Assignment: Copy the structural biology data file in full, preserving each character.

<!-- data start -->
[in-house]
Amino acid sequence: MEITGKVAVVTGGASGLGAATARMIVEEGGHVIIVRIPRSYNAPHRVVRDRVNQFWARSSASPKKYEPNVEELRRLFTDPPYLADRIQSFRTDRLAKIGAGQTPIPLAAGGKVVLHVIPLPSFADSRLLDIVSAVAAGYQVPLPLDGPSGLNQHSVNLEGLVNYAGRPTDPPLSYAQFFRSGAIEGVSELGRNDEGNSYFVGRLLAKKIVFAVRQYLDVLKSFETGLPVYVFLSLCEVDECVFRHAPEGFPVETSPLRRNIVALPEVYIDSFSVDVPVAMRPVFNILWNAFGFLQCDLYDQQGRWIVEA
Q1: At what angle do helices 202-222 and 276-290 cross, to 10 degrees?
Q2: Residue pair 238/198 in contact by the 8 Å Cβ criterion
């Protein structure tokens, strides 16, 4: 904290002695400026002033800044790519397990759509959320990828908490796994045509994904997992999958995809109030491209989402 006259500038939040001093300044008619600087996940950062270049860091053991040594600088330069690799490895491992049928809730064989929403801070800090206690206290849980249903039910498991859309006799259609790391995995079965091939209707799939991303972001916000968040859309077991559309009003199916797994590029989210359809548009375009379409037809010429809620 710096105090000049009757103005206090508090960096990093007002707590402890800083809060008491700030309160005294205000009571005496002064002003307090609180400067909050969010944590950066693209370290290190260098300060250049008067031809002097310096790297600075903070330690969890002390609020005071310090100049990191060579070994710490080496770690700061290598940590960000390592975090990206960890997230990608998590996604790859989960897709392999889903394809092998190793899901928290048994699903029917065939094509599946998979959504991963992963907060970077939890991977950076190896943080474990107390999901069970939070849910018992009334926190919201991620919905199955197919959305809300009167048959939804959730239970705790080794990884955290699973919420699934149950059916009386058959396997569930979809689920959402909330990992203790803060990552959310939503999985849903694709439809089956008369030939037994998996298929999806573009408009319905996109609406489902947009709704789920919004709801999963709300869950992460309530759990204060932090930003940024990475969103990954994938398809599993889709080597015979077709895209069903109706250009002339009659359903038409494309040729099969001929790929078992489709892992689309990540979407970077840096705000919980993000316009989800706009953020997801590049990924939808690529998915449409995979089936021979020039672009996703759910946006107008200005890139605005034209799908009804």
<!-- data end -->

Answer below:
[in-house]
Amino acid sequence: MEITGKVAVVTGGASGLGAATARMIVEEGGHVIIVRIPRSYNAPHRVVRDRVNQFWARSSASPKKYEPNVEELRRLFTDPPYLADRIQSFRTDRLAKIGAGQTPIPLAAGGKVVLHVIPLPSFADSRLLDIVSAVAAGYQVPLPLDGPSGLNQHSVNLEGLVNYAGRPTDPPLSYAQFFRSGAIEGVSELGRNDEGNSYFVGRLLAKKIVFAVRQYLDVLKSFETGLPVYVFLSLCEVDECVFRHAPEGFPVETSPLRRNIVALPEVYIDSFSVDVPVAMRPVFNILWNAFGFLQCDLYDQQGRWIVEA
Q1: At what angle do helices 202-222 and 276-290 cross, to 10 degrees?
Q2: Residue pair 238/198 in contact by the 8 Å Cβ criterion
């Protein structure tokens, strides 16, 4: 904290002695400026002033800044790519397990759509959320990828908490796994045509994904997992999958995809109030491209989402 006259500038939040001093300044008619600087996940950062270049860091053991040594600088330069690799490895491992049928809730064989929403801070800090206690206290849980249903039910498991859309006799259609790391995995079965091939209707799939991303972001916000968040859309077991559309009003199916797994590029989210359809548009375009379409037809010429809620 710096105090000049009757103005206090508090960096990093007002707590402890800083809060008491700030309160005294205000009571005496002064002003307090609180400067909050969010944590950066693209370290290190260098300060250049008067031809002097310096790297600075903070330690969890002390609020005071310090100049990191060579070994710490080496770690700061290598940590960000390592975090990206960890997230990608998590996604790859989960897709392999889903394809092998190793899901928290048994699903029917065939094509599946998979959504991963992963907060970077939890991977950076190896943080474990107390999901069970939070849910018992009334926190919201991620919905199955197919959305809300009167048959939804959730239970705790080794990884955290699973919420699934149950059916009386058959396997569930979809689920959402909330990992203790803060990552959310939503999985849903694709439809089956008369030939037994998996298929999806573009408009319905996109609406489902947009709704789920919004709801999963709300869950992460309530759990204060932090930003940024990475969103990954994938398809599993889709080597015979077709895209069903109706250009002339009659359903038409494309040729099969001929790929078992489709892992689309990540979407970077840096705000919980993000316009989800706009953020997801590049990924939808690529998915449409995979089936021979020039672009996703759910946006107008200005890139605005034209799908009804």